How To Maintain a Useful Training Log

Written by Tim Rigby, M.A., NSCA-CPT

Now that you’ve made the decision to commit to a fitness journey, it’s essential you keep some form of a training diary or log.  This is vital to your long-term success and Fit Deals is a staunch advocate of the use of such training logs for individuals of all levels.  You may react in any of three ways to this proposition: (1) That’s a pain in the butt – just let me work out; (2) Sure, I’ll scribble some loose notes if anything interesting happens in my workout; or (3) Sounds good, I’m committed to being on board.

If your reaction is the first, namely that you think keeping a log is tedious administration, then the remainder of this article is for you, in particular.  If you reacted the second way, that is, you’ll agree to some occasional spontaneous notes, then you’re also in for an education – so read on.  Finally, if your reaction was the third way, we’re delighted to have you on board with this very important element of a training program.

>> Setting the foundation for fitness.  A popular fitness chain once had the slogan that “what gets measured, gets improved”.  This axiom is very true, and it of course applies universally to people who train at any fitness facility (or at home).  If your ambition is to lose weight or inches around your waist, then take a few short seconds to measure your numbers and jot them down.  This simple starting point will form the basis for everything to follow.  The same advantage applies if your desire is to actually put on weight in the form of lean muscle, or if you have a certain muscle group that’s lacking and you’re going to train consistently to bring up size.  Write down your starting point.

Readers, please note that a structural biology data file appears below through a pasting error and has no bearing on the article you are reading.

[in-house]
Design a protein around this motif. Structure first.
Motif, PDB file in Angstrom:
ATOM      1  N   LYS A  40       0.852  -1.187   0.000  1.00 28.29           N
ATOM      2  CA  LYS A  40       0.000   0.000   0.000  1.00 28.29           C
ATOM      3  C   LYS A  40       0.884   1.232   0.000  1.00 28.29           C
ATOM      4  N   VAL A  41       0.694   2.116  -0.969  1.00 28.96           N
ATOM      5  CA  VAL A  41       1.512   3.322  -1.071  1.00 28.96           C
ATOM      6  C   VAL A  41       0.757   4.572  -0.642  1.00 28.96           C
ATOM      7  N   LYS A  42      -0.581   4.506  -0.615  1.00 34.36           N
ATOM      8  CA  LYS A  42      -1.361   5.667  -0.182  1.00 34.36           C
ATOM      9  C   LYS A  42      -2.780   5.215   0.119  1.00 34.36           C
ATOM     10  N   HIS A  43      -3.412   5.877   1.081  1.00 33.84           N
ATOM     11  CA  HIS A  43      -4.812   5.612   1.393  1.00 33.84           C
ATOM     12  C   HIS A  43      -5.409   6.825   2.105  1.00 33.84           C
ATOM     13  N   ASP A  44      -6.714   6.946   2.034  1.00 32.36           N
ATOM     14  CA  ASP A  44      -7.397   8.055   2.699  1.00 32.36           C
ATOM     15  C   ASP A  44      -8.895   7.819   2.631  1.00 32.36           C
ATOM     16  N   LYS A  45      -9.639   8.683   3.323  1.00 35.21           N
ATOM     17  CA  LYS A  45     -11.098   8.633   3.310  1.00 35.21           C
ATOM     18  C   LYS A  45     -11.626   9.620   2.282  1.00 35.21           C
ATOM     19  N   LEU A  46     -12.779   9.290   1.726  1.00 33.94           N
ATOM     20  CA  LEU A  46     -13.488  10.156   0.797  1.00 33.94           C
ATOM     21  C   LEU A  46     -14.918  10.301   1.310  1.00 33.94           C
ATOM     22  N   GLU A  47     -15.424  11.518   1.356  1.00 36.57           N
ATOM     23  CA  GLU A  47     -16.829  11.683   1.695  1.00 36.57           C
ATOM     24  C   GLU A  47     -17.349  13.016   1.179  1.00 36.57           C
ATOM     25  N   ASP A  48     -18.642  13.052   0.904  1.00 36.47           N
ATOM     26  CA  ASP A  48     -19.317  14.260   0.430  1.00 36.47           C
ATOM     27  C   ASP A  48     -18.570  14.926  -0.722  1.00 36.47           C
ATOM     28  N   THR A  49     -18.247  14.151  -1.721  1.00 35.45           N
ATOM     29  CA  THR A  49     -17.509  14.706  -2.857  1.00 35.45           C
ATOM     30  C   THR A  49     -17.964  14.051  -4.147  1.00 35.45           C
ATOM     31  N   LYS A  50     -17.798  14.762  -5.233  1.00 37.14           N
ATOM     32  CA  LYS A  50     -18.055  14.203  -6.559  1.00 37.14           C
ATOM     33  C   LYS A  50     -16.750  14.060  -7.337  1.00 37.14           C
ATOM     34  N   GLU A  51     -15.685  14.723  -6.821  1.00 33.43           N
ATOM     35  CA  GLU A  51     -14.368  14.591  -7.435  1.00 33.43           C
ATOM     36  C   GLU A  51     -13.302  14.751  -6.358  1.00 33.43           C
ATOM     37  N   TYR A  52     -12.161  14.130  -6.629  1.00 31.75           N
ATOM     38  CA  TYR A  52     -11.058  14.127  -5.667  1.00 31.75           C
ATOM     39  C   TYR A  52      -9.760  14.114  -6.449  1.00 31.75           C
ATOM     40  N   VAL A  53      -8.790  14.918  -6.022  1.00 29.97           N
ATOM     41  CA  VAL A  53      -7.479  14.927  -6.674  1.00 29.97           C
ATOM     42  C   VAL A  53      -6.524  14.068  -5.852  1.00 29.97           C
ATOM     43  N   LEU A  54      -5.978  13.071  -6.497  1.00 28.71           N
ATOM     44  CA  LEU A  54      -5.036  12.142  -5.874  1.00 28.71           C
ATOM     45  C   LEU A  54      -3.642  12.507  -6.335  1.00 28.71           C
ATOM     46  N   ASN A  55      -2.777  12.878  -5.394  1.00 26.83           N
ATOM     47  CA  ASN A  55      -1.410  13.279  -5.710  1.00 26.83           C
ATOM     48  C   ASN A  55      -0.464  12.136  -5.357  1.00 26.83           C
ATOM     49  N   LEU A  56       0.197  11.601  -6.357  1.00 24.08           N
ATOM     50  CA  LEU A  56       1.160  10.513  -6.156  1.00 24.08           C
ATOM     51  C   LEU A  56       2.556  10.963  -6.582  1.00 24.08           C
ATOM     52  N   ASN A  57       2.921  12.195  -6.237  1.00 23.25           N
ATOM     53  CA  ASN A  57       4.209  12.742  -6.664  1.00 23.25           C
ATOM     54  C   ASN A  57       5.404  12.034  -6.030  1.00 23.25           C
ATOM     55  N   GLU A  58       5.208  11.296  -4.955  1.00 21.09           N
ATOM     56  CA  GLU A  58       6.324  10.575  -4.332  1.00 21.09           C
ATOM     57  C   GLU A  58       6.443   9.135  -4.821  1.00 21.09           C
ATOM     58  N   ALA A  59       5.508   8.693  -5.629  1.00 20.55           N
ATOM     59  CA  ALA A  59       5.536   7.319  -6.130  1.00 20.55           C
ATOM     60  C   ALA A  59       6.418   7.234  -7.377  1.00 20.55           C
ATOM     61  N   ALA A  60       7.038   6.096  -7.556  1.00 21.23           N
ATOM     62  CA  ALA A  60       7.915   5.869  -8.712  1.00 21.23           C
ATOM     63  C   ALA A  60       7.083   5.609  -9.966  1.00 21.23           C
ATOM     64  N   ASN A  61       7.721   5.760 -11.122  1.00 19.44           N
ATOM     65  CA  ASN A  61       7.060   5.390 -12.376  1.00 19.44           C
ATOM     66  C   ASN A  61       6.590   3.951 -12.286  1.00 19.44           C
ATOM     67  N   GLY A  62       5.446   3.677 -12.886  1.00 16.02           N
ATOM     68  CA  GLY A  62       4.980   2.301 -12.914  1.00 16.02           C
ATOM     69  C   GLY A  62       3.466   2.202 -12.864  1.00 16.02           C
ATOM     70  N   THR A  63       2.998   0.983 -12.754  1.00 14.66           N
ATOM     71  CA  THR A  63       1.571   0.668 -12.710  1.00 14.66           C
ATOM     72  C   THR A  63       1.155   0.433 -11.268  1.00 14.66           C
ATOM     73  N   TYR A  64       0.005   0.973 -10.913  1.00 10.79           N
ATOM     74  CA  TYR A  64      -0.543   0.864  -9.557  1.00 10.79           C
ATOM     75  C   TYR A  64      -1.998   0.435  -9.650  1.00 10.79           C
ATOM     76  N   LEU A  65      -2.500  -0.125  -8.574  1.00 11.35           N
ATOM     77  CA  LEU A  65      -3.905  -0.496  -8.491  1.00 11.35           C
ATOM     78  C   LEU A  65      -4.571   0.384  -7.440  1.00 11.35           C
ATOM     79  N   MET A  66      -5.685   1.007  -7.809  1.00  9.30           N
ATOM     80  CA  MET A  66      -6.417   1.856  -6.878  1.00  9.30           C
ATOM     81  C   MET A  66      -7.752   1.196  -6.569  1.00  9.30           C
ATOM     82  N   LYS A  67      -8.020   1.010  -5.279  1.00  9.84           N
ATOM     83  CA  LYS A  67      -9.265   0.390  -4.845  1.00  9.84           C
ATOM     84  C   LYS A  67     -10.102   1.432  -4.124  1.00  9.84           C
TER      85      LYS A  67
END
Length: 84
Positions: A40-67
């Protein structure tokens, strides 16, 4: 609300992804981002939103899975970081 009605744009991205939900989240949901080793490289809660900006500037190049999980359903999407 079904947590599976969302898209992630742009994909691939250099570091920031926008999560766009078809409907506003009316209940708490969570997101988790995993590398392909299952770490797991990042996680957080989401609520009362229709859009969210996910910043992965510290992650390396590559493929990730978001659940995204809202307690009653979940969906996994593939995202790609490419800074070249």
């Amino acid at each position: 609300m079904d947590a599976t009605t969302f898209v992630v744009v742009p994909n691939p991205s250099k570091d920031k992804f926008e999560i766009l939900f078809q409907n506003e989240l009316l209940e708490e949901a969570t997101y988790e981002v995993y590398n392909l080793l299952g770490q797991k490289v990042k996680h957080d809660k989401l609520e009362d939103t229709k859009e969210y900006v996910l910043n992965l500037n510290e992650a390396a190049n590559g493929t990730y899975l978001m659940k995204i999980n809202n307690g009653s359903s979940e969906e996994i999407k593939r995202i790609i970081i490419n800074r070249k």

>> Applications in athletics.  Another application within the realm of initial measurements is to account for how much weight you can lift, if your desire is to improve as a weightlifter, powerlifter, or sports athlete.  A popular goal that used to be exclusive to men, which is now often the goal for many women, is to determine maximum ability in the deadlift.  Therefore, right from the impetus of your very first workout in this program, you should identify how much you can lift right now.  Again, this is your starting point as the foundation for you to look back upon with great satisfaction, after numerous weeks of continual improving.

>> The ins and outs of a training log.  There’s a lot more to a training log then simply registering which exercises you perform, along with the respective number of sets and reps.  A widely overlooked (but important) measurement is rest periods between sets, so you know how long your body is taking to recover, and how soon you’re stimulating your muscle again.  In fact, there are numerous other measurements you can account for, so let’s take a look at a full slate of measurements you can employ:

REPS.  The number of reps you perform in a set.  This number can be 1, and often is.
SETS.  The number of sets you perform for any given exercise.
REST.  The length of time you take to rest between sets.
F.  Failure.  If you perform 6 reps then fail, note it as 6F.
AO.  All Out.  You didn’t quite fail, but it took everything you had to perform, say, 8 reps.  Note this as 8AO.
NEG.  Negatives only.  A spotter or machine helped you perform the positive portion of the rep, but you performed the negative by yourself.
TUT.  Time under tension.  Instead of standard reps, you performed them slowly, say for instance 5 seconds.  Note this as 5TUT.
½.  Partial reps.  If you perform a move like the biceps curl only half way, note your reps here as ½.
COMP.  Compound sets.  If you perform back-to-back exercises that complement each other, note it as COMP.
SUPER.  If you perform back-to-back exercises that oppose each other, note it as SUPER.
SPEED.  If you go for the huge, fast pump and finish an exercise with a set of explosive reps, note it as SPEED.

The above notations are simply suggestions, since there’s no law which dictates you must use them.  However, it’s really in your best interest to further your training knowledge.  Are you an imaginative sort?  Get creative and come up with your own notes to keep a better grasp on performance.  This is a sure-fire way you’ll get important information to keep improving!


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